Chapter

Neurologic Complications Associated with Disorders of Thrombosis and Hemostasis

Eelco F. M. Wijdicks

in Neurologic Complications of Critical Illness

Published on behalf of © Mayo Foundation for Medical Education and Research

Published in print May 2009 | ISBN: 9780195371093
Published online April 2013 | e-ISBN: 9780199322886 | DOI: http://dx.doi.org/10.1093/med/9780195371093.003.0012

Series: Contemporary Neurology Series

Neurologic Complications Associated with Disorders of Thrombosis and Hemostasis

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Disorders of coagulation can be part of an exacerbating critical illness or actually cause a critical illness. Patients with acute leukemia or any of the myelodysplastic syndromes may become critically ill and develop a major bleeding in any site, including the CNS. Another potential for bleeding in ICUs is the use of anticoagulation and thrombolytic therapy. The neurologic complications are usually defining moments and increase the probability of a poor outcome. This chapter will attempt to review the major disorders of thrombosis or hemostasis encountered in ICUs. For these patients, the primary objective is control of a life-threatening hemorrhage and immediate hemostasis.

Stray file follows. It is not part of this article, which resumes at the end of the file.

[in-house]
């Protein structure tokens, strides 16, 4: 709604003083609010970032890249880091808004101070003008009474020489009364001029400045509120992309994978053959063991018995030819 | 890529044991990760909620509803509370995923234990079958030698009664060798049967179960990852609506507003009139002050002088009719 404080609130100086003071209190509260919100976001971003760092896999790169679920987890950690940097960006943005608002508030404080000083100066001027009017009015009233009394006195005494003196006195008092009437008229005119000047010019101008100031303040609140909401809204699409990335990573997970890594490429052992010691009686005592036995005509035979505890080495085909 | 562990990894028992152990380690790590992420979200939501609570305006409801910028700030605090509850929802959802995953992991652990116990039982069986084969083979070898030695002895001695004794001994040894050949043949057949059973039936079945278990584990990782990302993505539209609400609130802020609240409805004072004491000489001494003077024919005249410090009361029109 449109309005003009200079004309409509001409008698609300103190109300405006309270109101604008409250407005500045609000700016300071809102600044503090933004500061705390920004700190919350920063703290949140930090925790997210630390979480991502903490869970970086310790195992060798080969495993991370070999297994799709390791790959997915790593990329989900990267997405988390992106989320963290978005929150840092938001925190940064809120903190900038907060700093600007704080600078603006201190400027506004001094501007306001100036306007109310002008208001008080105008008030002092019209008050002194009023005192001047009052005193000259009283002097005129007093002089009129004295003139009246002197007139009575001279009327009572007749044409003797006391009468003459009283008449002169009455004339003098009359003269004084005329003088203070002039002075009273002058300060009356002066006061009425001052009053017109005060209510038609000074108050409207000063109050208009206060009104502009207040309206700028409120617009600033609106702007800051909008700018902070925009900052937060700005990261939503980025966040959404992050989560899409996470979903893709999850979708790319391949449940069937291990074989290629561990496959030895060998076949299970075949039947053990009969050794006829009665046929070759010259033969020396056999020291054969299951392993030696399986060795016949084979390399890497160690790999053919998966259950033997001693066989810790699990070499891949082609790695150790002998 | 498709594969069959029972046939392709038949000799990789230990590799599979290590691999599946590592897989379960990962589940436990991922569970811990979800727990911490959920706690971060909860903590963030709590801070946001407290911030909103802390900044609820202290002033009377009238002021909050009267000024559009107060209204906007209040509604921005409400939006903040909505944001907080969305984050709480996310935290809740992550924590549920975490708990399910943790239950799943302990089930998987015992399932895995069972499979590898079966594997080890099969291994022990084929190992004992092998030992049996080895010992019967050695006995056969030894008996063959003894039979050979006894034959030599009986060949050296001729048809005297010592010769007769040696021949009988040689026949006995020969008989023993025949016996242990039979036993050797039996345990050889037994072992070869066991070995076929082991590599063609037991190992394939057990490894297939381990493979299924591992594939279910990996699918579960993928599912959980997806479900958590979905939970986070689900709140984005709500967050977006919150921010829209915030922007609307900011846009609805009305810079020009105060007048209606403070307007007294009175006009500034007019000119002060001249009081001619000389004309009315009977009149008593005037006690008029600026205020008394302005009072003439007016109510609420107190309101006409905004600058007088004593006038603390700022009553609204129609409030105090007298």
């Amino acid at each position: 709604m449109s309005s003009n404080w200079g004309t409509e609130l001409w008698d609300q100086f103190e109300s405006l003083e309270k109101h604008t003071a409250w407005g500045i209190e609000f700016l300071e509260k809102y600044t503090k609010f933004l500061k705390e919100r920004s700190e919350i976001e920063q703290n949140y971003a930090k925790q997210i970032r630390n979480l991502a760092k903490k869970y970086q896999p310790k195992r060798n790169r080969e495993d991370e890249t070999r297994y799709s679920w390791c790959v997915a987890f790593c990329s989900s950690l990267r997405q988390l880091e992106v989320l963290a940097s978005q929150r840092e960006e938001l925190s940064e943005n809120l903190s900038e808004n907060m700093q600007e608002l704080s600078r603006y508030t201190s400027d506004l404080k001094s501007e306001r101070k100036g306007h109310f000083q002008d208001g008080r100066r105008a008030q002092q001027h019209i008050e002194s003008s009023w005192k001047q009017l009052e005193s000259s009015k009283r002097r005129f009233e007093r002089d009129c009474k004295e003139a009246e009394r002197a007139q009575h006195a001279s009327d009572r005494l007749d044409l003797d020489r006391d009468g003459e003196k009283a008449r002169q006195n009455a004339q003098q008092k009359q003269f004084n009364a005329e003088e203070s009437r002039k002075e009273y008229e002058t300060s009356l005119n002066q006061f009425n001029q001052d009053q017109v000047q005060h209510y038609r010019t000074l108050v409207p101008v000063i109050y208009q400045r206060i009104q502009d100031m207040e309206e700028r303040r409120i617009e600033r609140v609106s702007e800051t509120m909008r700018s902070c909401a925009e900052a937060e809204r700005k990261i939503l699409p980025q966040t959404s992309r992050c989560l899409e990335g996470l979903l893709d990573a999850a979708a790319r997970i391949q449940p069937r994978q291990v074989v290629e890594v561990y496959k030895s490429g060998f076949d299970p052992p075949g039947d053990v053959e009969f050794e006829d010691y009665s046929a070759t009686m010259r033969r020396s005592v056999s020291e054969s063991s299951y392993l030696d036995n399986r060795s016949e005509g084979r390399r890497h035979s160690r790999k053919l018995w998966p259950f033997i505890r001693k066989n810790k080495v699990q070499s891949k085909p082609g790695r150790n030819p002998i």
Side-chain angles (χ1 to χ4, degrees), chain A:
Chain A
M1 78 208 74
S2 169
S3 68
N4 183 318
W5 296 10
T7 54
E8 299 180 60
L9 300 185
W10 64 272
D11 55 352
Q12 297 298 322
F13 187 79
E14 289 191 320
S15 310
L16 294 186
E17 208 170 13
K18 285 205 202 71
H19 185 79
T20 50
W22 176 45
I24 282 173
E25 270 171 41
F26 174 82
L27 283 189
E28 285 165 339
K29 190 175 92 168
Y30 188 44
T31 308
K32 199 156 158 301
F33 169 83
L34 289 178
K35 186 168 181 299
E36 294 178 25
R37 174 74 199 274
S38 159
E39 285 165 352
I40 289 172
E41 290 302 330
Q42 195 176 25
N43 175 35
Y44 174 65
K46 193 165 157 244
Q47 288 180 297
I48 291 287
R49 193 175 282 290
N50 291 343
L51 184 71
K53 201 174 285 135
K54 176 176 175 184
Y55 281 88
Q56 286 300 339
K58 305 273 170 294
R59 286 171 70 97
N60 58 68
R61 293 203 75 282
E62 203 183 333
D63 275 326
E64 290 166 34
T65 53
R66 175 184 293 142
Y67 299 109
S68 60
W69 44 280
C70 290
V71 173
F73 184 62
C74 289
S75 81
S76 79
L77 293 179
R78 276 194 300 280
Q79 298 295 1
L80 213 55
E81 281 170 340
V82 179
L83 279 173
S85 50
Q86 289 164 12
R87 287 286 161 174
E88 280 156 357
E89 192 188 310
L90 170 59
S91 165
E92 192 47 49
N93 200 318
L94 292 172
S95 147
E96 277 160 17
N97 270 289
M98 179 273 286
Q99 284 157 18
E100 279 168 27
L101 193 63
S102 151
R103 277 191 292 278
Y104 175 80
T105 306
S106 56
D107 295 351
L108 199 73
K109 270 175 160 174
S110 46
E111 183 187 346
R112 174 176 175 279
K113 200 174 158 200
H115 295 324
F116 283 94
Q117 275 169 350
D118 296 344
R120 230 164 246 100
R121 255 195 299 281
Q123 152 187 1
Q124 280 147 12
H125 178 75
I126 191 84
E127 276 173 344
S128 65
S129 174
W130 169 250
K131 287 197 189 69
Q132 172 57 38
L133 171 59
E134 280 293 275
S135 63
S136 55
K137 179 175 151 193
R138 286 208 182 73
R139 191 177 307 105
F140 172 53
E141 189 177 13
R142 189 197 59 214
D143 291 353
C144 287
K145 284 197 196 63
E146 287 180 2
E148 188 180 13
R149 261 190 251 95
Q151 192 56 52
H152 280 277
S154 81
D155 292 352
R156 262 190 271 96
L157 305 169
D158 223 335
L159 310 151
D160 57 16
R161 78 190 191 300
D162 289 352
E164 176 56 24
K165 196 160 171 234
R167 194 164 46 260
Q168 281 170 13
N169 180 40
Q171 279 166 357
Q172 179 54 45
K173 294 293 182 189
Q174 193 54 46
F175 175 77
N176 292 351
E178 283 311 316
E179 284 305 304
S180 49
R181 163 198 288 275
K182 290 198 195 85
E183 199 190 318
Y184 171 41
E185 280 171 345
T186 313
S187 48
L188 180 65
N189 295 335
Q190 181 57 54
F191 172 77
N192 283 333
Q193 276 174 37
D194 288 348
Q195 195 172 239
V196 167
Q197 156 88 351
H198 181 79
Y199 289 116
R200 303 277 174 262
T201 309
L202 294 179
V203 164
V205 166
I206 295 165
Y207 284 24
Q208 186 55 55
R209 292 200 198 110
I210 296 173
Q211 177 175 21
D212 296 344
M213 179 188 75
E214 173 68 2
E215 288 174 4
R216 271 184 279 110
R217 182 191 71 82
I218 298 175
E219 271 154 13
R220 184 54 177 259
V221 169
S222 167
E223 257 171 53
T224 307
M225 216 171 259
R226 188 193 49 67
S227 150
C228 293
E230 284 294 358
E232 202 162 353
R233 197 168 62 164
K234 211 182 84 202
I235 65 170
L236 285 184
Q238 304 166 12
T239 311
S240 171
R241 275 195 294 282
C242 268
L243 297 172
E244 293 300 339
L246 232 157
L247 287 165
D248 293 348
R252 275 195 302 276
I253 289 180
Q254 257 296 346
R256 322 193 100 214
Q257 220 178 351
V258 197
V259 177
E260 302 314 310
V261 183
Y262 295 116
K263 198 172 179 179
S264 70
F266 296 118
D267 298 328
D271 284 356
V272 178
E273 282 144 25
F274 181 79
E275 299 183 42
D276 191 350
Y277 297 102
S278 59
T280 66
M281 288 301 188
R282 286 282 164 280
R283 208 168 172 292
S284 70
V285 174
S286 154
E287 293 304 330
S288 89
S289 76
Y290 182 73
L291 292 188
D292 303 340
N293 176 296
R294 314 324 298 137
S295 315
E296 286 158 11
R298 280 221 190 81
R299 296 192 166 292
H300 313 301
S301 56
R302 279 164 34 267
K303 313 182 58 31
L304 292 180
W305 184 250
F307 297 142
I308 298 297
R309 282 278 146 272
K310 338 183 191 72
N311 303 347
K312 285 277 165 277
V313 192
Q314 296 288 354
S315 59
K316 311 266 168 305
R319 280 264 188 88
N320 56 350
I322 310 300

Chapter.  8128 words.  Illustrated.

Subjects: Neurology

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